Needle In A Haystack
Needle In A Haystack
Hand Dyed Fabrics Primer

The following articles were featured in 3 newsletters I wrote in 2011. We have collected them all into one for your reading pleasure and made some updates. If you wish to reprint any part of this, please contact the shop for permission.

Dyeing & Dyelots
Since we carry so many hand-dyed linens I get questions about them quite often. The most asked question is why dye lots change so much. Even with commercially produced colors like those in the standard Wichelt and Zweigart lines, you'll get variation over time. For those fabrics, the color is part of the base threads that make up the fabric vs. being "applied" once its loomed. When they're producing several hundred yards of fabric it can be a long time before you see a different dyelot. A good example is Zweigart's Platinum. If you have a piece more than about 5 years old the color is a silver/grey. Now days it's more of a green/grey.
There are a huge number of variables that a dyer has to consider and one reason why I'm personally quite willing to pay for someone else to do it :-). First there's the dyes - even they change over time and with different manufacturers. The size of the dye molecules is different between colors and that affects how quickly a color component is absorbed into the fabric as well as how quickly you have to use the dye once it's been mixed. The type of water can affect them especially if it's an area where there are a lot of minerals in the water. Ambient temperature can affect the dyes as well, so you can get a completely different result on a day where it's 40 degrees than on a day where it's 95 degrees. It's one of the reasons the companies doing this, work hard to keep their dyeing environments at a constant temperature and humidity. How well the dyes are mixed is yet another factor.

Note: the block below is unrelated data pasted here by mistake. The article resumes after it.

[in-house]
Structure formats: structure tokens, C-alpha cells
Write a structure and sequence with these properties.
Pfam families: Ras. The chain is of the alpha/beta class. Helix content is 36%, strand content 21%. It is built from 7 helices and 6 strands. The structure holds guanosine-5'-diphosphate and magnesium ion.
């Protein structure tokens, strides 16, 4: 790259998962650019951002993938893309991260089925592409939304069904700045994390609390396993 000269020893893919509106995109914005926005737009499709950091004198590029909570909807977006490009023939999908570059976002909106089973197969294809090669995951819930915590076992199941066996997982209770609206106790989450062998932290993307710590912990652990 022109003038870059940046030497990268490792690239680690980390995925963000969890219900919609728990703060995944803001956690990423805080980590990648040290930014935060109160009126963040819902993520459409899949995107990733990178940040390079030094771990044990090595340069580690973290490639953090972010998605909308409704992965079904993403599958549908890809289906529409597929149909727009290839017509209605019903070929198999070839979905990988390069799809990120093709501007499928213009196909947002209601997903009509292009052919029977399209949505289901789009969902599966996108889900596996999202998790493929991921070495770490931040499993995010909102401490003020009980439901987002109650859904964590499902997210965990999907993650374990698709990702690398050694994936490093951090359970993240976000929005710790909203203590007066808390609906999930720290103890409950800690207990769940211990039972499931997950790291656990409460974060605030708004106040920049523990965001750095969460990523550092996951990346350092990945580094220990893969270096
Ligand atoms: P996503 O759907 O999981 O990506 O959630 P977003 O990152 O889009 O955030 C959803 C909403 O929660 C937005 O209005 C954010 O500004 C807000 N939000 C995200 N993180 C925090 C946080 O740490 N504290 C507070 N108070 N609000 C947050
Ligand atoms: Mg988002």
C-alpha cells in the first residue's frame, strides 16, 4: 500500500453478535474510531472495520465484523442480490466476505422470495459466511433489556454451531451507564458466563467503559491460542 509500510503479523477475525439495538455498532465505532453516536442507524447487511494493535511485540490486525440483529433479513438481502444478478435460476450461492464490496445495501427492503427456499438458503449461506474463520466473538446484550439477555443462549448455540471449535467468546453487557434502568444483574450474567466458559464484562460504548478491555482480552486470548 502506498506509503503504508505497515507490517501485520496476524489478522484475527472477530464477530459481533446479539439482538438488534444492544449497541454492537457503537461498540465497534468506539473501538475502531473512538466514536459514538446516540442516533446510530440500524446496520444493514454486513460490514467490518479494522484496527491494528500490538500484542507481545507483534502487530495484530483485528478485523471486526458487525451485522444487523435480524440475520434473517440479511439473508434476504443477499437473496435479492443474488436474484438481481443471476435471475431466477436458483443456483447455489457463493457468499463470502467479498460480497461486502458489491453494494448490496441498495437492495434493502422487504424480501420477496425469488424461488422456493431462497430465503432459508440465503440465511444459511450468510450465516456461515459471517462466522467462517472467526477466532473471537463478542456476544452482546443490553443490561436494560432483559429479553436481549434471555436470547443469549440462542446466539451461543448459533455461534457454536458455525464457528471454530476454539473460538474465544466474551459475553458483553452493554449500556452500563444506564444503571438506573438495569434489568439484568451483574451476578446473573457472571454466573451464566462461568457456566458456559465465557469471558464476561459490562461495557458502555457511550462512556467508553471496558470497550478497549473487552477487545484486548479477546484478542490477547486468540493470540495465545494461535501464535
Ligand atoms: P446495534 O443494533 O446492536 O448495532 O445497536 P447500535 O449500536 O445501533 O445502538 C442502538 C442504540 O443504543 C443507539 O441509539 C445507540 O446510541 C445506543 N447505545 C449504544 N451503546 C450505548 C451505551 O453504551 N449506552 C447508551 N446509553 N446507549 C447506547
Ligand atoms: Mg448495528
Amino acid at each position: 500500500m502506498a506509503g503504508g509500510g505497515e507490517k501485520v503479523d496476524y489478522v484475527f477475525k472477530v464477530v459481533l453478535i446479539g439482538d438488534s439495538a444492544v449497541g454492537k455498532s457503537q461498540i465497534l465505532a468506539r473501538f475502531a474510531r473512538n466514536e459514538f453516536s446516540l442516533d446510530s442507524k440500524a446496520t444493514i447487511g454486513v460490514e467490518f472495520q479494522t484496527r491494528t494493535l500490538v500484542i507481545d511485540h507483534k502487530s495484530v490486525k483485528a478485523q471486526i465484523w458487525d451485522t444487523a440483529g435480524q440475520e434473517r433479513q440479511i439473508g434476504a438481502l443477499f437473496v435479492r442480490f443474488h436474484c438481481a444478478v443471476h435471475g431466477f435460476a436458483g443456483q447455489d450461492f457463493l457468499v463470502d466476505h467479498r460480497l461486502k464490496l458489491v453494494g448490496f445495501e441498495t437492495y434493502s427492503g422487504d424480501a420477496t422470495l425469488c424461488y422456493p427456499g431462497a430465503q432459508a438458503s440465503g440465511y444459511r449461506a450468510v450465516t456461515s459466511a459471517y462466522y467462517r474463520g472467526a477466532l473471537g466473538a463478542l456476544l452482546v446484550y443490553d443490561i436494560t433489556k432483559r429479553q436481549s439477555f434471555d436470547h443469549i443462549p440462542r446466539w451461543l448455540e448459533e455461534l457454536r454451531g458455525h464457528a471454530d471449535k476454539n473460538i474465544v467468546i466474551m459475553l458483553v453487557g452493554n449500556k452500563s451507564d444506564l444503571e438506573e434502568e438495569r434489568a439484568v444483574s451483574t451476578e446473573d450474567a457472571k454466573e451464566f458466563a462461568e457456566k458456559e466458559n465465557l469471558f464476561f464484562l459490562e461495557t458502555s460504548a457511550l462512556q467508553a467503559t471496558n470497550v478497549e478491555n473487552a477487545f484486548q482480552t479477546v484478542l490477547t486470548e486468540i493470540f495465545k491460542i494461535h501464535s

The base fabric, whether it's linen, cotton or some mix of cotton/rayon is the next biggest factor to the dyes themselves. When Zweigart still had a mill in Switzerland as well as Germany the fabric dyers I've talked to over the years said they could tell what fabric came out of each mill. Not only are there equipment differences but personnel and the base fabric threads differed. Even with only one Zweigart mill in Germany now you can take a piece of Zweigart 28, 32, 36 and 40 count, put them in the same dyes and they won't be the same color when you're done. For Zweigart, 28 and 32 count are usually woven from the same base fabric threads so they tend to be the most similar when dyed, but not always. 36 and 40 count are each from a different base fabric thread, not only from each other but from the 28 & 32 count fabrics. You've got different diameters of the base fabric threads, you have different crops, perhaps a different machine was used to make up the fabric threads, then you've got different get the picture.
Flax in particular, changes color based on how much water it gets during the growing cycle. If you ever look at un-dyed linen you'll see changes in it over time based on growing conditions. It can be much lighter one year and much darker another year. How well it takes the dye affects what the end result looks like. I was discussing this with Pat at Lakeside Linens and she had a piece off a roll where the mill had obviously changed the base fabric threads in the loom - this isn't obvious until you dye it. One half of it looks like a different color from the other. Same fabric, same dye, same water, same everything - but the base flax threads changed the equation with some startling results.
Sizing also plays another role in this - it has to be removed. Most fabric comes sized so dyers have to rinse it to remove the chemicals before they can dye. How well that's done or if there are problems with the sizing can impact the color and how well the dye is absorbed. No two manufacturers use the same sizing or in the same amounts so the dyers have to determine what process works best to remove it and have the dye take effectively.